WASHINGTON – A Pentagon police officer died after being stabbed Tuesday during a burst of violence at a transit center outside the building, and a suspect was shot by law enforcement and died at the scene.
The Pentagon, the headquarters of the U.S. military, was temporarily placed on lockdown after someone attacked the officer on a bus platform shortly after 10:30 a.m. The ensuing violence, which included a volley of gunshots, resulted in “several casualties,” said Woodrow Kusse, the chief of the Pentagon Force Protection Agency, which is responsible for security in the facility. Officials said they believe two bystanders were injured.
The suspect was identified by multiple law enforcement officials as Austin William Lanz, 27, of Georgia. Investigators were still trying to determine a motive for the attack and were digging into Lanz's background, including any potential history of mental illness.
Migrant vehicle stops put on hold
A federal judge Tuesday blocked Texas from allowing state troopers to stop vehicles carrying migrants on the grounds that they may spread COVID-19 as worries and new cases are rising along the U.S.-Mexico border.
The temporary order by U.S. District Judge Kathleen Cardone of El Paso is at least a short-term victory for the Biden administration, which had warned that Republican Gov. Greg Abbott's plan would create more problems amid high levels of summer border crossings in Texas – particularly in the Rio Grande Valley, which one U.S. official called the “epicenter of the current surge.”
In a sign of the growing strain, local officials there who have rebuffed Abbott's hard-line immigration actions to jail border crossers and build new barrier declared a local state of disaster this week as COVID-19 cases climb and capacity at migrant shelters is stretched.
Dixie Fire erupts again in California
California's largest wildfire exploded again after burning for nearly three weeks in remote mountains and officials warned Tuesday that hot, dry weather would increase the risk of new fires across much of the state.
Firefighters saved homes Monday in the small northern California community of Greenville near the Plumas National Forest as strong winds stoked the Dixie Fire, which grew to over 395 square miles across Plumas and Butte counties.
Evacuations were ordered for the community of about 1,000 people as well as for the east shore of nearby Lake Almanor, a popular resort area. About 3,000 homes were threatened by the blaze that has destroyed 67 houses and other buildings since breaking out July 14.
It was 35% contained.
Trump backer wins Ohio GOP primary
Mike Carey, a coal lobbyist backed by former President Donald Trump, won a Republican primary Tuesday for an open U.S. House seat in central Ohio that tested Trump's status as kingmaker.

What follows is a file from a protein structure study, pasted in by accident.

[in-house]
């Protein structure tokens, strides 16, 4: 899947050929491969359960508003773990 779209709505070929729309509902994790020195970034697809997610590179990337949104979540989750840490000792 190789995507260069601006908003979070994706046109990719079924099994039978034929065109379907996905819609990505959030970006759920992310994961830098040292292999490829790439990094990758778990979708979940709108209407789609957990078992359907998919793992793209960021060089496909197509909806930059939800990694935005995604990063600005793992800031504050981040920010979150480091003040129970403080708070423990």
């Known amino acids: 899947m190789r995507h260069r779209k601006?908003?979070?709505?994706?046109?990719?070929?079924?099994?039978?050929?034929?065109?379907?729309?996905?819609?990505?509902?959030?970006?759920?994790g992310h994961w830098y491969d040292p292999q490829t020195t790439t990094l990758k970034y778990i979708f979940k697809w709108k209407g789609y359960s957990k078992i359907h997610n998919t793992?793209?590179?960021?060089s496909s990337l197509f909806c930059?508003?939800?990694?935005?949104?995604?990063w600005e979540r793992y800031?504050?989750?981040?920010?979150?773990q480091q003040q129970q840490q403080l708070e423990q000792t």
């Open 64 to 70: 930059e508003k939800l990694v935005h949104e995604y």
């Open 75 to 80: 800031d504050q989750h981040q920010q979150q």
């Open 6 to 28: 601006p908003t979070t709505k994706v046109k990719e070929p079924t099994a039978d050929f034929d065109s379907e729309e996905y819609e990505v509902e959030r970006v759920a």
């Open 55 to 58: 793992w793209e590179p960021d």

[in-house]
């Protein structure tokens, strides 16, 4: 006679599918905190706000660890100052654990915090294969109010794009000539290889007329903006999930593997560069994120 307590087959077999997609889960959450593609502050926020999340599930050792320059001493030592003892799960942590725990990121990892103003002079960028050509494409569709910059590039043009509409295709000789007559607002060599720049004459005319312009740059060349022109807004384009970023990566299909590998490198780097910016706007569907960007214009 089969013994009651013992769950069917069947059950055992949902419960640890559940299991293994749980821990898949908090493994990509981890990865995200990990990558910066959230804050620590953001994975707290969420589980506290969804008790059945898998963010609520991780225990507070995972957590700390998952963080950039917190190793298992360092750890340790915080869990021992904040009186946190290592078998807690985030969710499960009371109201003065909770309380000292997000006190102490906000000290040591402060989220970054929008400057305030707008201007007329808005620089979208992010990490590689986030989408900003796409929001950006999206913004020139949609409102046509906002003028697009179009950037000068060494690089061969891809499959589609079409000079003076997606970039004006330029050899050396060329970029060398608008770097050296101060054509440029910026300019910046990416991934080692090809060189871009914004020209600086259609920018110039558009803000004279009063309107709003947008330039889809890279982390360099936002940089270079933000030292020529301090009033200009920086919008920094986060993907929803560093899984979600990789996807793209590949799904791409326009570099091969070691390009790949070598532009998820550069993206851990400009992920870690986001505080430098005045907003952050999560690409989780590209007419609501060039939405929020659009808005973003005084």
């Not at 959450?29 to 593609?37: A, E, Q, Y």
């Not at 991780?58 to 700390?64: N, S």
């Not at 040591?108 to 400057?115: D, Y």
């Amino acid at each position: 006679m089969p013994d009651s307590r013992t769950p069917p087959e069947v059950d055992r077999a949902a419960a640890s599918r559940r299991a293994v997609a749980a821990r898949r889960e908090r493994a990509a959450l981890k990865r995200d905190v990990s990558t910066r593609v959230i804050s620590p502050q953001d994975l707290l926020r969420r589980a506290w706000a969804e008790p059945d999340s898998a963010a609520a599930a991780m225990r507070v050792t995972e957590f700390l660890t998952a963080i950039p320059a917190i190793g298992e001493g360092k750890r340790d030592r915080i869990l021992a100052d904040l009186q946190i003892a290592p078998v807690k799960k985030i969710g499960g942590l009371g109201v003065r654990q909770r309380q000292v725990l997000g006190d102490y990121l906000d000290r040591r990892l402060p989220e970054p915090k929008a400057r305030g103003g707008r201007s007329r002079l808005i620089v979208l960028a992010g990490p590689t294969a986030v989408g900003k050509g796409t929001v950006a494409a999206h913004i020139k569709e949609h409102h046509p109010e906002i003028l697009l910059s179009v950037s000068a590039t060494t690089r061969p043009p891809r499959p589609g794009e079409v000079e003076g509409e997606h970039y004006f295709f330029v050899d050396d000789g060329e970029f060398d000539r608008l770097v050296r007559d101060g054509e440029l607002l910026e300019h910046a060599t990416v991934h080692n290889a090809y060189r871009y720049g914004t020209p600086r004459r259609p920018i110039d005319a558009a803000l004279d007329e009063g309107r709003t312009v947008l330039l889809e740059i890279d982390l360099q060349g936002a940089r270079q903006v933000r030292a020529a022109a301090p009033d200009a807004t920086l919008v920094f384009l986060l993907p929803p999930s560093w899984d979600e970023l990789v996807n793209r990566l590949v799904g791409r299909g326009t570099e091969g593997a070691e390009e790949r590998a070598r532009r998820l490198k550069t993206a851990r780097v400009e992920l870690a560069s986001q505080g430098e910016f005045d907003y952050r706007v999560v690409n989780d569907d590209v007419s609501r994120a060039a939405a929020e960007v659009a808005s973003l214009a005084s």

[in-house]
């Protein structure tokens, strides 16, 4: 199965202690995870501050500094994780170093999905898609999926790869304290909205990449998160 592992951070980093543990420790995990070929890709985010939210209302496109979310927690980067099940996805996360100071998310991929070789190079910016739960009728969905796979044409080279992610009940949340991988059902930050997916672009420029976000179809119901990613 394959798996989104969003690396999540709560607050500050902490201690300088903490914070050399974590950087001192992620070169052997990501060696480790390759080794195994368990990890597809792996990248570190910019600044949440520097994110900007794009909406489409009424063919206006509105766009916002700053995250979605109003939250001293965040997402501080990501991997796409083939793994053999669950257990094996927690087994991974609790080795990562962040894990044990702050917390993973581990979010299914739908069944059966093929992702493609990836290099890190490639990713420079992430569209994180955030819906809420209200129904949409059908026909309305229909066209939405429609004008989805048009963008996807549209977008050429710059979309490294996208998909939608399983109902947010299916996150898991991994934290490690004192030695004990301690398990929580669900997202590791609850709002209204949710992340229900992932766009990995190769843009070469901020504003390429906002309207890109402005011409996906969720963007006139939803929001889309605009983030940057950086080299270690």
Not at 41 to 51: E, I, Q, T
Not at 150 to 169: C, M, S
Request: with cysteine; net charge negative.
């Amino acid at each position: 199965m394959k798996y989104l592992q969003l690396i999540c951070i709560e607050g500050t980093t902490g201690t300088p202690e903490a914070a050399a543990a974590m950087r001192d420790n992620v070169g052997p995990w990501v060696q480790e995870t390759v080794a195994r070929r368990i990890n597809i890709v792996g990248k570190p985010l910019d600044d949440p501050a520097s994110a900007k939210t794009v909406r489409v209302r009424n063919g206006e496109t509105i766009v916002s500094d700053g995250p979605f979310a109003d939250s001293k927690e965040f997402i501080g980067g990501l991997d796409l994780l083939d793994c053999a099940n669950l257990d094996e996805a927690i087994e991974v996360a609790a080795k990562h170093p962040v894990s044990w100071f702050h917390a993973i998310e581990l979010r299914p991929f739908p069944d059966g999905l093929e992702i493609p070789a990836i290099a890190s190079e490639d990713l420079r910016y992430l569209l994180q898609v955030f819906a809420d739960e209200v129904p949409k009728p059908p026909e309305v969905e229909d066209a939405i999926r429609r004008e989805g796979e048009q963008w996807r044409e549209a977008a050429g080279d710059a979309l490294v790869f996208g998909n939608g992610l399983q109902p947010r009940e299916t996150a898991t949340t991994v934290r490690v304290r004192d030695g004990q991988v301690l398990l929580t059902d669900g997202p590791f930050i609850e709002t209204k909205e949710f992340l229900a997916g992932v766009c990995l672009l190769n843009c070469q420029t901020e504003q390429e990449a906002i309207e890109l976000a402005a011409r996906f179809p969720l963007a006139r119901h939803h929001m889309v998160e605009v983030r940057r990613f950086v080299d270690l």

The political newcomer defeated a crowd of other candidates, including some with establishment backing and experience in state politics. He'll take on Democratic state Rep. Allison Russo, a health policy consultant who won the Democratic nomination, in the GOP-leaning Columbus-area district.
Carey's victory was a win for Trump, who has prided himself on swaying elections but suffered a blow to that reputation last week when his preferred candidate in a Texas special election lost.
Cruise ship docks in Puerto Rico
The Carnival Mardi Gras docked Tuesday in Puerto Rico – the first time a cruise ship has visited the U.S. territory since the pandemic began.
Some cautiously celebrated the arrival. It comes as Puerto Rico has reported an increase in COVID-19 cases blamed on the delta variant but also as it seeks to restart its crucial tourism sector, which depended largely on record numbers of cruise ship passengers in recent years.
Carlos Mercado, executive director of Puerto Rico's Tourism Company, told The Associated Press that the government took several precautions to prevent the spread of COVID-19, including allowing only those who are fully vaccinated to disembark.
Mercado noted that 95% of the ship's passengers are vaccinated, with children younger than 12 making up the majority of those who have not been inoculated.
Reagan shooter's mother dies at 95
Jo Ann Hinckley, a constant companion to her son John Hinckley Jr. as the would-be assassin of President Ronald Reagan was gradually allowed to live outside a psychiatric hospital in Washington, has died.
Jo Ann Hinckley, 95, had been her son's primary companion as he transitioned in recent years from living at a Washington psychiatric hospital to being allowed to live with her full-time in a gated community in Williamsburg, Virginia.
Barry Levine, John Hinckley's longtime attorney, said Jo Ann Hinckley devoted her life to looking after her son after Reagan's shooting.
She and her husband, John “Jack” Hinckley Sr., who died in 2008, had moved to Williamsburg to be closer to their son after a jury found him not guilty by reason of insanity and he was ordered to live at St. Elizabeth's Hospital in Washington.